HELENA – Planned Parenthood of Montana has denounced as “degrading, sexist and inexcusable” comments made by state Rep. Krayton Kerns, R-Laurel, about contraception.
Kerns is a veterinarian who writes a regular article on his personal website called “Weekly Posting of the Conservative Cow Doctor.”
In his article, “Sandra Fluke: Poster Child of a Progressive America,” Kerns discussed the Georgetown University law student who testified about the cost of contraception at a hearing held by House Minority Leader Nancy Pelosi, D-Calif.
Kerns later talked about how when he was in veterinary school at Colorado State University, a bulldog made $1,000 a month for stud services.
On Monday, Planned Parenthood spokeswoman Stacey Anderson accused Kern of linking an American college student to an animal, while the legislator denied that he had done that.
Here’s what Kerns wrote about Fluke:
“Before a mock congressional hearing she testified $1,000 per year for contraception is cost-prohibitive for students, and this expense should be borne by people who actually have jobs. (This makes sense for her because she is still in college.)
“When I finished banging my head on the table, I pulled out my imaginary photo albums and reminisced about free-love college days of the ’70s and ’80s. Things were different. I remember John earning $1,000 per month for sex at Colorado State University, so contraceptive costs were meaningless to him. Let me tell you about John.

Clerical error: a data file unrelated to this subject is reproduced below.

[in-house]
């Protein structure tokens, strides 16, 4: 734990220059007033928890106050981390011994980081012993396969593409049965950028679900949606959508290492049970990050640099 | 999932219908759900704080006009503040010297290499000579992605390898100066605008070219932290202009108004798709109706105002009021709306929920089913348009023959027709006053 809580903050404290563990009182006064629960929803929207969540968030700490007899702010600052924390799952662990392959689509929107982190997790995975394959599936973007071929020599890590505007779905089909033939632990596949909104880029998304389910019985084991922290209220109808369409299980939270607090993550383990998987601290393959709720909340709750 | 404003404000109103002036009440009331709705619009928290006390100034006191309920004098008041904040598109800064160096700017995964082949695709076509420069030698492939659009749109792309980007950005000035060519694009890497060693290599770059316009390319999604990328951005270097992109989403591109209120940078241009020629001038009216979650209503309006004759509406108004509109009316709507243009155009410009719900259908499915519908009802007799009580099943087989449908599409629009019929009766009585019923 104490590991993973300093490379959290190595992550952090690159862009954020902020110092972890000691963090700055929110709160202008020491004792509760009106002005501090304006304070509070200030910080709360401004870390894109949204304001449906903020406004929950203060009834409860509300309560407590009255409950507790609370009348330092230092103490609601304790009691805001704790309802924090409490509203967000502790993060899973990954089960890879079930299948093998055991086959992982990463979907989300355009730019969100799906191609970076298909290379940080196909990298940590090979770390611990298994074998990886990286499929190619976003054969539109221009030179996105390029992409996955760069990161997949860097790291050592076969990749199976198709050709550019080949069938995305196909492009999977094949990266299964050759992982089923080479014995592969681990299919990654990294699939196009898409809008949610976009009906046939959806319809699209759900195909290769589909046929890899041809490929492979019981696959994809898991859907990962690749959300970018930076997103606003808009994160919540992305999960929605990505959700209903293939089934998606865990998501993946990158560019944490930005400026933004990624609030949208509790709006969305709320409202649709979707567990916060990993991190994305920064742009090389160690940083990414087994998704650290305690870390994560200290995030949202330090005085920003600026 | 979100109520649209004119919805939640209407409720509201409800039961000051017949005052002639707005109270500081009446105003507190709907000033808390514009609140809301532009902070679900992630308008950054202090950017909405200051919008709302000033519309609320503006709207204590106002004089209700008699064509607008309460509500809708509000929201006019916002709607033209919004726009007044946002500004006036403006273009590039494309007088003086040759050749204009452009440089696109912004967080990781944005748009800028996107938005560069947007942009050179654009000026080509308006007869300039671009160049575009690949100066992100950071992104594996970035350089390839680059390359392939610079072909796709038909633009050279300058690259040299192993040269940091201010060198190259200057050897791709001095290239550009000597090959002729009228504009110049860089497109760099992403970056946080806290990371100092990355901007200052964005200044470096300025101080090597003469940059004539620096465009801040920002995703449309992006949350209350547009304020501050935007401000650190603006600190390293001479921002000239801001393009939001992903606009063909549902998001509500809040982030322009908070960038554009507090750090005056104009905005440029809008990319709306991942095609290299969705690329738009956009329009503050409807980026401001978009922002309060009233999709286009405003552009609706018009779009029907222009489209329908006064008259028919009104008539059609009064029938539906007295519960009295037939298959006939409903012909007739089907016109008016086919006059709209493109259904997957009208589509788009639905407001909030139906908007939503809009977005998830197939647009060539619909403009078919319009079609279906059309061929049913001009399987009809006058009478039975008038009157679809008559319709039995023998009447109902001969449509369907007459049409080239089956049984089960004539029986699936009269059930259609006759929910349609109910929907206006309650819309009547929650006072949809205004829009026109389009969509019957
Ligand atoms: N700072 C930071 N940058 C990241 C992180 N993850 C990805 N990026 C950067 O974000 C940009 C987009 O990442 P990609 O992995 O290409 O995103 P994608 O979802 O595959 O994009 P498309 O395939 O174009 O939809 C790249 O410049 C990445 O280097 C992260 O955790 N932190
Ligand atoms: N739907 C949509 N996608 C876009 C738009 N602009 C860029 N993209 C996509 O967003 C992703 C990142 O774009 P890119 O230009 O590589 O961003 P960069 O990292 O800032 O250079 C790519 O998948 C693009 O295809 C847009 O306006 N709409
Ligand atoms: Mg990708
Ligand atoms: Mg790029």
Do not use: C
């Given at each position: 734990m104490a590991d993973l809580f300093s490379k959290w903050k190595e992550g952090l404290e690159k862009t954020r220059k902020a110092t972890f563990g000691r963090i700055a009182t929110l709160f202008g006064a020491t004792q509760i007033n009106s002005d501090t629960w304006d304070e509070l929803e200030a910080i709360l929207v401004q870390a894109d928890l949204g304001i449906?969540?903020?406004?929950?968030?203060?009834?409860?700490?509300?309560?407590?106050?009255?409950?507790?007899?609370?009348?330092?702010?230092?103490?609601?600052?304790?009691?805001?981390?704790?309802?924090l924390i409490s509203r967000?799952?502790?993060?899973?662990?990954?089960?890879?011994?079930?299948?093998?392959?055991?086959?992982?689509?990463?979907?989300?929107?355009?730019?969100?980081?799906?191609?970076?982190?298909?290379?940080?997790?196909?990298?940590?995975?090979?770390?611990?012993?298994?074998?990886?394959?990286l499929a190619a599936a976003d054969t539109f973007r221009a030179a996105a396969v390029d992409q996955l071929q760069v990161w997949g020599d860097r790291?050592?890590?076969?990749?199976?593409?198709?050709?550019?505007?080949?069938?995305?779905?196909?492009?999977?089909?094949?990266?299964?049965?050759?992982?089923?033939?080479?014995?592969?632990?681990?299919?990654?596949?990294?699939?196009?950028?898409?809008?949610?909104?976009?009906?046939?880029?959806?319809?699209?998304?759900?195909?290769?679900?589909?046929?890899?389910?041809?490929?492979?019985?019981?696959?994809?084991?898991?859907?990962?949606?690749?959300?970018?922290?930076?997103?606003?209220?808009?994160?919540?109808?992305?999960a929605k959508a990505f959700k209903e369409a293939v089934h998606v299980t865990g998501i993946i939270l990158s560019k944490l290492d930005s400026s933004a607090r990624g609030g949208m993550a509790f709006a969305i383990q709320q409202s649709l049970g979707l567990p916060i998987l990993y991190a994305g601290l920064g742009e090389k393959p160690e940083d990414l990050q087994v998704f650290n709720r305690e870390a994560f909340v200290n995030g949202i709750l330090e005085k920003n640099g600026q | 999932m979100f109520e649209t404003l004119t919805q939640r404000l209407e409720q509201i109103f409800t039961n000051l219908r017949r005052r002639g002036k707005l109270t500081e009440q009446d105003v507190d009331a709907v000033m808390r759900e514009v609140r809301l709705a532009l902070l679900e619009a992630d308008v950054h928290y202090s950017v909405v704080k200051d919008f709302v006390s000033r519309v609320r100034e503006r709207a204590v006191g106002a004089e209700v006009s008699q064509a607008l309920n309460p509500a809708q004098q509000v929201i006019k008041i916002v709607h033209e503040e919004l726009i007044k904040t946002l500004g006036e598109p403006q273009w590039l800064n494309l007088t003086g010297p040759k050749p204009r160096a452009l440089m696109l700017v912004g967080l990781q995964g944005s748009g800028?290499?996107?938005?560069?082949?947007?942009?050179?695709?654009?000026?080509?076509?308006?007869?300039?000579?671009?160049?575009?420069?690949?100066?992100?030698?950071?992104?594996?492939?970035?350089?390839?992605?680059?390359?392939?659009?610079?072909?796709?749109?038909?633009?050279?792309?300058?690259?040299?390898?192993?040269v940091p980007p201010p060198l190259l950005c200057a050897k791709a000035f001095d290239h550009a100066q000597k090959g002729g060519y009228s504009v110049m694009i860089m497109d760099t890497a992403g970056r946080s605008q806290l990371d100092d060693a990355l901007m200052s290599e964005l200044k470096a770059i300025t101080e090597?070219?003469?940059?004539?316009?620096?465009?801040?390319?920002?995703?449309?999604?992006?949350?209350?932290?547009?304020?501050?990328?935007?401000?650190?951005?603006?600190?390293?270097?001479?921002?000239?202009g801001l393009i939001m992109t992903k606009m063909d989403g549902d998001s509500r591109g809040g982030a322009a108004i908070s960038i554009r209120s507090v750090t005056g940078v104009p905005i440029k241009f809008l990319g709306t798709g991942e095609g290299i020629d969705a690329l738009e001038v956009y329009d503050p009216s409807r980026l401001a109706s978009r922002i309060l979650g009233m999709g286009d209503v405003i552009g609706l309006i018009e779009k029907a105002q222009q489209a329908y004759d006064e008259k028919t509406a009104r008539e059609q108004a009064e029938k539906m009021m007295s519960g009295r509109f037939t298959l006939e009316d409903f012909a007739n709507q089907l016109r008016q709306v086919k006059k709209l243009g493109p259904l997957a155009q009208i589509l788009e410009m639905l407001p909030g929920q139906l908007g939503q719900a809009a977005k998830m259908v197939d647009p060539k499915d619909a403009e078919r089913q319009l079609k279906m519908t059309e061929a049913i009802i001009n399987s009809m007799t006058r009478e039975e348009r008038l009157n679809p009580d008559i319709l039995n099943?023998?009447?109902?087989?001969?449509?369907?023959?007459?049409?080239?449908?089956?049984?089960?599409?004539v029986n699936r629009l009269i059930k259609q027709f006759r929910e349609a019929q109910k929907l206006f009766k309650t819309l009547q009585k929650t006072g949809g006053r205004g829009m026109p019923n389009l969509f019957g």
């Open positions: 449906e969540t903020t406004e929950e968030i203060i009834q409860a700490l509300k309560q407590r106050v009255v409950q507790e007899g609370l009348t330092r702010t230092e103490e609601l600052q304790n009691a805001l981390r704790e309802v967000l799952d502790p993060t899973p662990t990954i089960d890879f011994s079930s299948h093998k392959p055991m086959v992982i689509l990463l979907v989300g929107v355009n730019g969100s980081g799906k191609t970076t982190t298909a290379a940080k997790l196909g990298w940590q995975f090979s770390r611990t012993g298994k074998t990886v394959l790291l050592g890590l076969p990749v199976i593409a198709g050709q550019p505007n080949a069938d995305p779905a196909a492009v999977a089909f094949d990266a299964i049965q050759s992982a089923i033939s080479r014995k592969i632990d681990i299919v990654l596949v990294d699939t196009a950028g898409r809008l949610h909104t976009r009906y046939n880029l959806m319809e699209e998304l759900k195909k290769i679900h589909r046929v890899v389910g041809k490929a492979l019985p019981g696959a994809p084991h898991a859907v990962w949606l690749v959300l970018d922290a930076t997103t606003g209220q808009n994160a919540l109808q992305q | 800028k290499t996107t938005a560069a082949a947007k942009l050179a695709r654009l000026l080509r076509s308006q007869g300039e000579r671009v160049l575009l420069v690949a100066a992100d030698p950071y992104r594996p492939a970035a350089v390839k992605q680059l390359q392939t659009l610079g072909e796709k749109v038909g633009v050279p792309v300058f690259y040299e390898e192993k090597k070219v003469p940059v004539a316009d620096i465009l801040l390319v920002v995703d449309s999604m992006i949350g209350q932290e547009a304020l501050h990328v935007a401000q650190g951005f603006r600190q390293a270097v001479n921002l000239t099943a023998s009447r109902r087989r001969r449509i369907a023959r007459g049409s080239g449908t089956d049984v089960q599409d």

“John was a swinger, but not your typical sex symbol. He was hairy, had short legs, fat belly and he slobbered a lot, but the vet school rumor mill said he was earning nearly $300 per week practicing his trade. John’s registered name was John-Boy, and he was a grand champion English bulldog owned by a pharmacology instructor at Colorado State ...
“Enough said about the good old days, and this brings me to my point: How in the world did the political debate descend to the level of contraception for coeds.”
Kerns added if the government picks up the responsibility for contraception, “does logic not dictate they will also have the right to say who receives it and what type? When America crosses this threshold, it is not much of a stretch to say health-care bureaucrats will eventually decide who lives and who dies.”
Anderson, in response, accused Kerns of “taking a page out of (radio host Rush) Limbaugh’s playbook and has gone one step further by associating an American college student with an animal.
“Rep. Kerns’ comments are degrading, sexist and inexcusable for an elected leader of this state,” Anderson said. “In Montana, we respect the right to publicly debate an issue, but we draw the line at debasing or insulting an individual with whom we disagree.
“Comments like these only confirm that today’s conservative politicians are out of touch with Montana values and priorities. When Montana voters go to the polls in 2012, they will support candidates who are working to get our economy back on the track, not continuing to attack women and their families about private medical decisions regarding health care.”
In an interview, Kerns said he makes no comparison between Fluke and the bulldog and said that should be “explicitly clear” to anyone who read the entire article.
Kerns said the point of his article was “the idea that this election has been degraded into contraception and who should pay for it is absolutely insane.”